Manufacturing News

Aussie manufacturing contracts, leads to poor job quality

A recent research has blamed the slowdown in Australia’s manufacturing sector on an increasing number of people working in jobs that are low paid, unskilled, insecure and offer few career prospects.

The organisers of a national conference that will seek to define job quality said that Australia is at risk of imitating the US as it moves towards a polarised society with a highly paid group of people and a large underbelly of workers in unsustainable, unsatisfying, high turnover jobs, the reports.

An 'Expert Conference on Job Quality in Australia' this week, will aim to identify ways that federal and state governments can address the decline in job quality.

At the conference, US expert on employment and job quality, Arne Kalleberg warned Australia that it could follow the US, where a quarter of those who work full-time earn less than the poverty level for a family of four.

Kalleberg stated that "with the decline of manufacturing in the US, most of the new jobs created in the past few years are in low-wage occupations.”

Professor Chris Warhurst said "it's becoming very difficult now for workers at the bottom of the ladder to aspire to better paid and more satisfying middle ranking jobs in the manufacturing sector or to do an apprenticeship, become qualified tradespeople and move into jobs that were once highly desirable."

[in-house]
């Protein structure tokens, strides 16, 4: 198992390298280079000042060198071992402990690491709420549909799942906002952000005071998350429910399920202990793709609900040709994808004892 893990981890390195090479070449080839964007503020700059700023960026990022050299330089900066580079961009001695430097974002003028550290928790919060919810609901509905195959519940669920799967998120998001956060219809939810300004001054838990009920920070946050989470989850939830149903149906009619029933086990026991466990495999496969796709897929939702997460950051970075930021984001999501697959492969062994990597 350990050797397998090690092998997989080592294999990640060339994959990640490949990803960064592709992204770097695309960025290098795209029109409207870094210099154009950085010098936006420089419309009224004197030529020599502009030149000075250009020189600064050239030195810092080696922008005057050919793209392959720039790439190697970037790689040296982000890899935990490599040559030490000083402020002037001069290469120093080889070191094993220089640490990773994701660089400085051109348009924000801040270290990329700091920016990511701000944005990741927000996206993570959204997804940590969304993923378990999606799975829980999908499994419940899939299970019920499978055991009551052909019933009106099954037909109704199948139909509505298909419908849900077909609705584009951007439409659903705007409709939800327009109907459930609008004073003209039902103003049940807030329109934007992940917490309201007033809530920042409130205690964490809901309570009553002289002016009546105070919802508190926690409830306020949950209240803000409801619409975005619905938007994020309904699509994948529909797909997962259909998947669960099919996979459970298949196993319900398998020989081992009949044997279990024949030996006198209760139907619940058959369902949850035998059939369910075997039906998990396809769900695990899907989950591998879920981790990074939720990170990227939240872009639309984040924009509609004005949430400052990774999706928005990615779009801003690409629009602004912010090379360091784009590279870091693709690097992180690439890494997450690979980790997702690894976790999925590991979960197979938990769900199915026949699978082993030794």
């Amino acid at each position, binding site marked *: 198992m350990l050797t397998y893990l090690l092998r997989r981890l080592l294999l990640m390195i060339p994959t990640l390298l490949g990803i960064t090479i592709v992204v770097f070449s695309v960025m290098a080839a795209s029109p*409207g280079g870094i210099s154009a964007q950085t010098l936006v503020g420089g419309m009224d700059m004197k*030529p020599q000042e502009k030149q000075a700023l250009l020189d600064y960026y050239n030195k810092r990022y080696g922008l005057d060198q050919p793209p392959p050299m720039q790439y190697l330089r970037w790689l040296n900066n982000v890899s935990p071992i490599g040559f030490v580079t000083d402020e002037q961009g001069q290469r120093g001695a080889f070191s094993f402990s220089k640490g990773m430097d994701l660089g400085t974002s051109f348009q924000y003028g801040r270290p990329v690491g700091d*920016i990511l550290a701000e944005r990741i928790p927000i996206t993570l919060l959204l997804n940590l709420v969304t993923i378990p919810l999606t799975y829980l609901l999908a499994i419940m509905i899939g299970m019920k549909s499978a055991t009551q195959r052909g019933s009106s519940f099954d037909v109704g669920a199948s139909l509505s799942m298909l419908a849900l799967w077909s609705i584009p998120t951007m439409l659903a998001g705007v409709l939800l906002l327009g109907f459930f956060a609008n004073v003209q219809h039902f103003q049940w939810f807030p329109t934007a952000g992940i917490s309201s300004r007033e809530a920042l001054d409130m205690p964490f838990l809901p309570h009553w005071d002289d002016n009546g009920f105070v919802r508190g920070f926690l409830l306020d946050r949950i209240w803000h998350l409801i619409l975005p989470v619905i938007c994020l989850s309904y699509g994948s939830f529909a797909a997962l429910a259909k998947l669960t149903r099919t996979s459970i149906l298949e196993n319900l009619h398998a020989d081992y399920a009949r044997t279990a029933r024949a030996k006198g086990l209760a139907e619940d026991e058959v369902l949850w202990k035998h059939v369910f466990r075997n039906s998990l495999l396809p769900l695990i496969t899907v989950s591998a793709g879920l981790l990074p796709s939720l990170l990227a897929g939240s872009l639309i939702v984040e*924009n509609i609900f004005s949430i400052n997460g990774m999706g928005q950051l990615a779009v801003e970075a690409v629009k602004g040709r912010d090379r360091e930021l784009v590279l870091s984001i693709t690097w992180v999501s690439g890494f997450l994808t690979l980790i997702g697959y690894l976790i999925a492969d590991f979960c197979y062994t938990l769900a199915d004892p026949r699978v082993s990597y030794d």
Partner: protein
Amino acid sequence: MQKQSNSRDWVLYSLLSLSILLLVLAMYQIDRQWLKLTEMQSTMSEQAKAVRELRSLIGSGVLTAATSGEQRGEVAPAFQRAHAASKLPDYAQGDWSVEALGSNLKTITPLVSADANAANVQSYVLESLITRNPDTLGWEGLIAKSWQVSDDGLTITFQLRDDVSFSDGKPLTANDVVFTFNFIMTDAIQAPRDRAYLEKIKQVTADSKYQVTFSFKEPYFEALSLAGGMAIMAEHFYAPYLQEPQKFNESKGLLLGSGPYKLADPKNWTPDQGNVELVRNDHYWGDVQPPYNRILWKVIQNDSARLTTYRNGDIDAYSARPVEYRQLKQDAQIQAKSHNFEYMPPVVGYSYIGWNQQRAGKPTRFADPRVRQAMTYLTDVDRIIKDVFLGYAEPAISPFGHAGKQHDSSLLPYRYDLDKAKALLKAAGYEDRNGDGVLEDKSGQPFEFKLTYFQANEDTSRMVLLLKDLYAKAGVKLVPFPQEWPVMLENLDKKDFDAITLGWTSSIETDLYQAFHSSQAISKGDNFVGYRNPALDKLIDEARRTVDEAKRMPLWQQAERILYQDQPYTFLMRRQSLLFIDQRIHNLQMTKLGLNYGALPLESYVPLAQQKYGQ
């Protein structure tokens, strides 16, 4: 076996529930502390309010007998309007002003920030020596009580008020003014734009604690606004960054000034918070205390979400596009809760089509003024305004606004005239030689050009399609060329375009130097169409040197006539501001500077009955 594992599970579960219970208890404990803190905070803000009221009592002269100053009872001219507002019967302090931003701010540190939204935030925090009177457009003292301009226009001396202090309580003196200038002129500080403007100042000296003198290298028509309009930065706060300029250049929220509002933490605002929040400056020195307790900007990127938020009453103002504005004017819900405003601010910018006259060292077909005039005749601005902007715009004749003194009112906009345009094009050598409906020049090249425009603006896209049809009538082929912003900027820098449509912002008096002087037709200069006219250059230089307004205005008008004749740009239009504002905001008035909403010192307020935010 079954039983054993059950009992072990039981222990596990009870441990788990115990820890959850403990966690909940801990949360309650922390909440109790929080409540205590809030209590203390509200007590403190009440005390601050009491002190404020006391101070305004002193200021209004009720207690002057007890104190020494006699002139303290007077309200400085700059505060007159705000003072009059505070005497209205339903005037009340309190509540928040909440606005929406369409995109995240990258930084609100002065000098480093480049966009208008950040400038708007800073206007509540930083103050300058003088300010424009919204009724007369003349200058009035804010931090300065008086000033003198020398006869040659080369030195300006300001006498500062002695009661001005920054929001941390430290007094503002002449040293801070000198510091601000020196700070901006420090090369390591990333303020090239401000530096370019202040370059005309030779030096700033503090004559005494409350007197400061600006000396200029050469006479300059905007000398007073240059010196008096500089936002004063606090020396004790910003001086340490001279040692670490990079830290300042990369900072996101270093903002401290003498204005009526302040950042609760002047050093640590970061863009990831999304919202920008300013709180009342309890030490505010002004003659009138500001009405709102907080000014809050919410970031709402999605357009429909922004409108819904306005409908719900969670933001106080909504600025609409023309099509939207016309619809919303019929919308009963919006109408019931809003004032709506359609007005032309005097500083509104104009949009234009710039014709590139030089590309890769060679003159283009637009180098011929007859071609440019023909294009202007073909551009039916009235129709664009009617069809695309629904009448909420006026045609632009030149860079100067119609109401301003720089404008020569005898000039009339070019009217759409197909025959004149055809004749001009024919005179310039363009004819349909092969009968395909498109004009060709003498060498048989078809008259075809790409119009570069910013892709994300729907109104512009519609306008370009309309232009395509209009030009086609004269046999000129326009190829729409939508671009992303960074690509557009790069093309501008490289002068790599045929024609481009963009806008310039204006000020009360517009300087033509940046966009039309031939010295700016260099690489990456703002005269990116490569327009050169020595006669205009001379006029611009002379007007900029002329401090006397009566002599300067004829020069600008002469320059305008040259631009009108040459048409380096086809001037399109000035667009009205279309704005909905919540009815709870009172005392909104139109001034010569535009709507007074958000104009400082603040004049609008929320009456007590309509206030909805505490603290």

Warhust pointed out that the job quality has also been severely affected by a decline in the trade union movement which once ensured that jobs were protected and that working conditions, training, wages levels and opportunities for career development were maintained.

According to Business school's doctor Angela Knox "in recent decades, the focus has shifted away from job quality to job quantity and too many people are now in work that is precarious, insecure and unable to provide a decent standard of living."

“It's a situation we need to avoid in Australia.”

She went on to say that the overwhelming focus on industrial relations policy has diverted attention away from other equally important levers that should be addressed to create better quality jobs.

"It is now time for government, business and unions to work together to improve education and training and to develop economic and industry conditions that support good jobs," Knox stated.

According to Warhust the rising employment participation rates in Australia makes the quality of work an increasingly important policy focus.

"Job quality can affect general life satisfaction, health and family life as well as productivity, turnover rates and absenteeism.”

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